Why ASP.NET 2.0 Sucks


I love ASP.NET 2.0. It gives me so many tools that help me do my job. But, I still think it sucks, or rather, some of the ideas placed into the framework for ASP.NET 2.0 suck.
 
1. App_Code
App_Code makes your job easier. You add your classes here and they compile with your web app. But, it comes at a cost. The App_Code still compiles as if it were a separate library. This means your App_Code errors bubble to the bottom of the list and you end up with numerous errors related to the fact App_Code did not compile at the top of the list, errors that cannot be solved until the App_Code errors are solved. The solution is to put your classes in a library and compile separately.
 
2. Fragile web.config
As more and more items get shoved into web.config, you end up with too many things that blow up your application. And, in many cases, the errors do not bubble up. This leads to an important rule when developing with ASP.NET 2.0: If you change config, compile before you do anything else. 
 
3. The box is too small
What I mean here is the provider model is cool, but if you use it for anything slightly different than the ASP.NET samples, you can pretty much hose yourself. The solution, of course, is to create a custom provider and add the items there. Trying to do anything else will work, but you end up with too many bugs.
 
4. The IDE freezes up
When you add a lot of flashiness to an IDE, you end up creating bugginess. While the features in ASP.NET 2.0 are miles above 1.1, the IDE is, in many ways, a step back. It uses a huge amount of memory and tends to freeze, lock up or even crash with more regularity than Visual Studio .NET. I have yet to find a way around this. NOTE: This is far worse with web appsthat reference other libraries, than straight ASP.NET apps.
 
5. Crap in the web.config
When you create a web app (at least a VB.NET web app, which I am forced to do right now ;->), some useless references are placed in the config file. Okay, they are not useless from an IDE standpoint, but they fry the production app. The way around this is to create an build script that gets rid of the extra crap that is not necessary for production. What is extra crap? Anything that causes your system to blow chunks when you publish and copy up.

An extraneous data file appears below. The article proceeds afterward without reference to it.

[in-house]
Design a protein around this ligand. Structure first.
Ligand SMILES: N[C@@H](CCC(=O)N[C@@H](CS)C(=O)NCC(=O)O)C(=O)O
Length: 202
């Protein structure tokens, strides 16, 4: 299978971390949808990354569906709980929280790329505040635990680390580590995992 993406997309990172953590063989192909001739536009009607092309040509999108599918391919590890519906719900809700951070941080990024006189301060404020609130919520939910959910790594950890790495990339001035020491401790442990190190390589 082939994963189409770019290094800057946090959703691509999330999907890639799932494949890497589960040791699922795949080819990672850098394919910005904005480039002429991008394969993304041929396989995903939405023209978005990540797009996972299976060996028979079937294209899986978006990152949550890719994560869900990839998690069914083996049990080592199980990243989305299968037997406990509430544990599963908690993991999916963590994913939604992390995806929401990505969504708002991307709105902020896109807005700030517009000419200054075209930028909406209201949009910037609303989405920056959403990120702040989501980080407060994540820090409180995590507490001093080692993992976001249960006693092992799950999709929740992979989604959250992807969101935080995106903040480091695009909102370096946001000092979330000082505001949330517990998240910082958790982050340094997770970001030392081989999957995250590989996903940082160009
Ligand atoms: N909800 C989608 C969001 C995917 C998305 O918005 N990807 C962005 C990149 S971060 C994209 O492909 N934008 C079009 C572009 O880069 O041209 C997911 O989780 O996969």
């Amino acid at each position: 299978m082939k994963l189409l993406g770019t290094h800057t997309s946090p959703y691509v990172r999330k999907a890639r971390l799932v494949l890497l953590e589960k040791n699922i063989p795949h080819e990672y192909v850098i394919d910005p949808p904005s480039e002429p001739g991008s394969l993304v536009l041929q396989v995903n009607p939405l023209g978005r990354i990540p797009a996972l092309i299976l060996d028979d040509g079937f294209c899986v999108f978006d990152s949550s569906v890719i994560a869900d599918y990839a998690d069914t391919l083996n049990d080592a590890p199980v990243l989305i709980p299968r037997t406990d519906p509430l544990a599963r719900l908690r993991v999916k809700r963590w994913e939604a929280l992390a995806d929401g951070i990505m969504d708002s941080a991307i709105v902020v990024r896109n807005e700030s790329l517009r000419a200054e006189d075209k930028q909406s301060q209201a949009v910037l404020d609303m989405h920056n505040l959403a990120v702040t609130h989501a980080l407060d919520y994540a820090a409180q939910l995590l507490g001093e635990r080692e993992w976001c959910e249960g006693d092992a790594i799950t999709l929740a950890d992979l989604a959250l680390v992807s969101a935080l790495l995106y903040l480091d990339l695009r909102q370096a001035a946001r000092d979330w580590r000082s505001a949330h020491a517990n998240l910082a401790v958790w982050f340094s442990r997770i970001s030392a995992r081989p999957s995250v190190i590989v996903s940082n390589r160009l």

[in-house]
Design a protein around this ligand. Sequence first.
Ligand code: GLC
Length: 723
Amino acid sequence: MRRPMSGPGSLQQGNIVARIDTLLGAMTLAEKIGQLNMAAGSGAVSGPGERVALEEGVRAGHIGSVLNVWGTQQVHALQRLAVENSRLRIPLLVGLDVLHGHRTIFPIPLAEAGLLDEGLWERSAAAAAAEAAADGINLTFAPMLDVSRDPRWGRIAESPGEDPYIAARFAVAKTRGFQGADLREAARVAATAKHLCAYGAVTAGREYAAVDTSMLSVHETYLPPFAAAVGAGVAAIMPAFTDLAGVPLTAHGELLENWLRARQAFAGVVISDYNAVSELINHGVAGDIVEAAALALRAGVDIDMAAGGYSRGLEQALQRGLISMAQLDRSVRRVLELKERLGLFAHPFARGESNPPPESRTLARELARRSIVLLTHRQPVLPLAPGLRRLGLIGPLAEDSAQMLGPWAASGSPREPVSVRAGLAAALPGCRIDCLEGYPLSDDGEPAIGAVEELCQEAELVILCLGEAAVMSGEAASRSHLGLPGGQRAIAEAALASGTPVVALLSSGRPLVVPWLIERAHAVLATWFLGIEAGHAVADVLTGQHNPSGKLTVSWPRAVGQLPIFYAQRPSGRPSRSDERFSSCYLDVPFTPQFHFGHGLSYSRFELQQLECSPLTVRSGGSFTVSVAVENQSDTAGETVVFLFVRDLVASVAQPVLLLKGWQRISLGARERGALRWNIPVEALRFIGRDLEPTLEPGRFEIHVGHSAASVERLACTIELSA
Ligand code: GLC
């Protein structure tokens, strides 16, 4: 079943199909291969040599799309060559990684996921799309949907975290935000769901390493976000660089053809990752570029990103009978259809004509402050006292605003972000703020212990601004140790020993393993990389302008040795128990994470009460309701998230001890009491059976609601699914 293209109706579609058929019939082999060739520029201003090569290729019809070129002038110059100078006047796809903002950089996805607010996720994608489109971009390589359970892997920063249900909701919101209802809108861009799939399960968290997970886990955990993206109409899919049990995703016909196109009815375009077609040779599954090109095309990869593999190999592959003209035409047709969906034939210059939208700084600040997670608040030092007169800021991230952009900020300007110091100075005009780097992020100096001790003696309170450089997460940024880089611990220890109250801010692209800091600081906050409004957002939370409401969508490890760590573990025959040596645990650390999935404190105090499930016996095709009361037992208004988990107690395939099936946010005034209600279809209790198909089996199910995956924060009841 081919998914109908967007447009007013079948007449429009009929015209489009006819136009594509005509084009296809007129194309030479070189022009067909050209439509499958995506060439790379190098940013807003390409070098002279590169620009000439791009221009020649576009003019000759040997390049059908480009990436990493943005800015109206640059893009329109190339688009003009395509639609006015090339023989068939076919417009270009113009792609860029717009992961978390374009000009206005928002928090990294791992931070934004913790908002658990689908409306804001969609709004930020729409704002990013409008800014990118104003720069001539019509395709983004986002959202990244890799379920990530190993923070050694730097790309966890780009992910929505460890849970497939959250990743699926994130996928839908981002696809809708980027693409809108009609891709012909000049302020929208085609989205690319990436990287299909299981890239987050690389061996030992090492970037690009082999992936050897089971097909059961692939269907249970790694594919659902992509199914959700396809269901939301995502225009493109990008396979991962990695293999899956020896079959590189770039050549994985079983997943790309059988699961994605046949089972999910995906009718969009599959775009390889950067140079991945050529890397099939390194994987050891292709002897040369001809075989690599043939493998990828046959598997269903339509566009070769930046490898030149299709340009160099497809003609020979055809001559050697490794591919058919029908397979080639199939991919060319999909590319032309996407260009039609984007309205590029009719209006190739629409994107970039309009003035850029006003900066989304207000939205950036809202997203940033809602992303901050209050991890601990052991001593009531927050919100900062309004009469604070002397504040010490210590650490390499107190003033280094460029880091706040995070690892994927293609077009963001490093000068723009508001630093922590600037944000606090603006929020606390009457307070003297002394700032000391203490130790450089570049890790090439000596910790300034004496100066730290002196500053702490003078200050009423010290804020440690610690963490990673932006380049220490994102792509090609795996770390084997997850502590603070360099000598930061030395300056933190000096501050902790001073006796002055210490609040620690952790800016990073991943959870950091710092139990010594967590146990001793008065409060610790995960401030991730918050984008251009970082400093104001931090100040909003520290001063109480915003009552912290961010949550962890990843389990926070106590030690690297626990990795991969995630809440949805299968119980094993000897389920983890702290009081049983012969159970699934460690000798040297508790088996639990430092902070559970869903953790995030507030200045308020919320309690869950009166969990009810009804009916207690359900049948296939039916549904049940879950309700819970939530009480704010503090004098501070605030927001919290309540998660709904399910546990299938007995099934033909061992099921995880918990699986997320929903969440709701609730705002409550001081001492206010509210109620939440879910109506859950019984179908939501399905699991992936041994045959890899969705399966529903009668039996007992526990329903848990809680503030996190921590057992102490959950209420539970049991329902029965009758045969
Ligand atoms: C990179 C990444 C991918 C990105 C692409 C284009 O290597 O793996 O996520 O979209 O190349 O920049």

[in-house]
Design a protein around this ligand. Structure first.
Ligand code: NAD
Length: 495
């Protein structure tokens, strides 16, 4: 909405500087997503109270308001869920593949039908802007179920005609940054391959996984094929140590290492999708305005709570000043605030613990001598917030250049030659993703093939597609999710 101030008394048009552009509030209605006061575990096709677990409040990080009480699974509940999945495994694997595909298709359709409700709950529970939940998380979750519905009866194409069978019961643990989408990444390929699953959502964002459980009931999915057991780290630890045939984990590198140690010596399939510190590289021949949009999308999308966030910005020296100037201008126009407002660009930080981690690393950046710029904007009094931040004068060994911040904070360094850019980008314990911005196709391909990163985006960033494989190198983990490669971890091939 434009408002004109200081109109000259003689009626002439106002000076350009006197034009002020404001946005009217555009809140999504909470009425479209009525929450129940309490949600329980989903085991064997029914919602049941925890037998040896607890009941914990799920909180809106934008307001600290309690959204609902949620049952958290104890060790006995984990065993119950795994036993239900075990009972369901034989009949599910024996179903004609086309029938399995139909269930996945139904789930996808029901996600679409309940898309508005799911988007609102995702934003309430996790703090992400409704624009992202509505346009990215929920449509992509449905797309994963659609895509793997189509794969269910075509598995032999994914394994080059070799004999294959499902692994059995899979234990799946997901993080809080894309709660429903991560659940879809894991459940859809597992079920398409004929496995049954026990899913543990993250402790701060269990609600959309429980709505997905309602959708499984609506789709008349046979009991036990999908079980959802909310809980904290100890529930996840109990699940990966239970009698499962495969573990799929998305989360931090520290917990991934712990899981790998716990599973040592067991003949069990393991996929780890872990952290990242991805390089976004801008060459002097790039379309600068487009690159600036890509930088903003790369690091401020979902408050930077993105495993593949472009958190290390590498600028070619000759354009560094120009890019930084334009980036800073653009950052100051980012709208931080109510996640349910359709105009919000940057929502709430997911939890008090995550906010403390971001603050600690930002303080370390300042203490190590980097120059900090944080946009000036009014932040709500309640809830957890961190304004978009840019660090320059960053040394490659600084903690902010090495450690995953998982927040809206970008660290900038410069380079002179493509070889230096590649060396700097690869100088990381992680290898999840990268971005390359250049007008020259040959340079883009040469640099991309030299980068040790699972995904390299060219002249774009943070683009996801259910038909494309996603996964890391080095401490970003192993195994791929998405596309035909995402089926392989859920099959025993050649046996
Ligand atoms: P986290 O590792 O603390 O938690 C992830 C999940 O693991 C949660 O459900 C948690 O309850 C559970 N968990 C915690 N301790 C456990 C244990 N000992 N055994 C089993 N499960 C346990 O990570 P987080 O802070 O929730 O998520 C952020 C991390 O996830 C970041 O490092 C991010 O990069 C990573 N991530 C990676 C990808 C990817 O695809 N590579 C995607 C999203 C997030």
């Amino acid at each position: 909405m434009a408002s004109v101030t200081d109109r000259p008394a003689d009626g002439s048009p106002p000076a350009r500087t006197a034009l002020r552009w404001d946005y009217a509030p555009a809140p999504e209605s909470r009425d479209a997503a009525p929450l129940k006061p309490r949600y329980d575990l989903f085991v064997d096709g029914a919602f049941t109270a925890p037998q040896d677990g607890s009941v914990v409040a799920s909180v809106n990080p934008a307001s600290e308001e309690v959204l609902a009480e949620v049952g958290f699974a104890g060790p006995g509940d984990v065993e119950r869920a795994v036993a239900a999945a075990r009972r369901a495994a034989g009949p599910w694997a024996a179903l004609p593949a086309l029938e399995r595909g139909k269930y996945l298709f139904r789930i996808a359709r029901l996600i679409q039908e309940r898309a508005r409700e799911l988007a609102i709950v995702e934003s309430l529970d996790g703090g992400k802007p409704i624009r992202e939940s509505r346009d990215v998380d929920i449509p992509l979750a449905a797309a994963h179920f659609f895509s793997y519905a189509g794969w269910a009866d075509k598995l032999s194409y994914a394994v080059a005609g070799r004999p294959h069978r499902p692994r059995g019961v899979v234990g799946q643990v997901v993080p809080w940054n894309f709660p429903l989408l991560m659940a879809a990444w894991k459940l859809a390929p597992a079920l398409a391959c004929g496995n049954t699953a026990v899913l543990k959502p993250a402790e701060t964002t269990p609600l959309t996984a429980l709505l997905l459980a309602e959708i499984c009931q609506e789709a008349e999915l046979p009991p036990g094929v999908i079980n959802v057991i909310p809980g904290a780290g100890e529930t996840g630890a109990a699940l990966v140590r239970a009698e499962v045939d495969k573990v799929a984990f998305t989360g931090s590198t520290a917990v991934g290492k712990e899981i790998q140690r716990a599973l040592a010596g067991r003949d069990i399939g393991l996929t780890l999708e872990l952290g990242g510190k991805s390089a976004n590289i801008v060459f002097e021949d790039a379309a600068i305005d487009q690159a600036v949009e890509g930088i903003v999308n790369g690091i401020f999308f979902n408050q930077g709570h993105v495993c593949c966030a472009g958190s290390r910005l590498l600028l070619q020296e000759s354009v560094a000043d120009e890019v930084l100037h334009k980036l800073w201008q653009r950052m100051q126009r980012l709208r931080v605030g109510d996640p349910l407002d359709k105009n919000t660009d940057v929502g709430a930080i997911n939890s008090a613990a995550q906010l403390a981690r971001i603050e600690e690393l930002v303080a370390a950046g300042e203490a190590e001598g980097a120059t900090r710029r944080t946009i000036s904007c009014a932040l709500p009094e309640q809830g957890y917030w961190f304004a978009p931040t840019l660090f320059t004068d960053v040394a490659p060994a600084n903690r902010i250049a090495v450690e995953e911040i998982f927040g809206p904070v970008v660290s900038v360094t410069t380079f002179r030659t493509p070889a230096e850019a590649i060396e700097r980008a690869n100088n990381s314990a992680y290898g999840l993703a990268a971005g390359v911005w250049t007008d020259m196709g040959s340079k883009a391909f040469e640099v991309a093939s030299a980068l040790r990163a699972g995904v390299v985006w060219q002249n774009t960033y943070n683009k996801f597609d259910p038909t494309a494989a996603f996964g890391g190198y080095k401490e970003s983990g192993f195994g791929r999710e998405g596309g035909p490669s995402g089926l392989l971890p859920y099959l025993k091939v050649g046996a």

6. The model is flat
If you want the fewest number of problems, bury all of the code in your ASP.NET pages and publish the code to the server and allow the compile on the fly model. Not an option for the timid, but it poses far fewer problems. It is almost like Microsoft chose to dumb down the product in this release.
 
Please understand that I love ASP.NET 2.0 far more than the 1.x implementations. I am mostly writing as there are some issues I have and I would like to see them fixed in Orcas, so my experience is much nicer. Of course, some of these are my own pet peeves and since I am advanced and can get around these, while a newbie might not be able to, I will probably have to suck it up … again.
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3 Responses to Why ASP.NET 2.0 Sucks

  1. Patrick Altman says:

    Dude, what are you talking about.  I have had none of these problems in building ASP.NET 2.0 apps.  Absolutely none of them.  In fact, my experience has been quite the opposite.  The IDE is more robust.  Maybe it’s your machine.

  2. Gregory says:

    Hey, overall I like ASP.NET and VIsual Studio 2005. I have found, on quite a few machines, that it does not run as nicely as possible. And, the more complex the project, the worse it gets. Of course, I am also working in VB.NET right now, not my choice, so perhaps that has something to do with it? 🙂

  3. Eduardo says:

    But it is won-der-ful compared to PHP (PreHistoric Programming)

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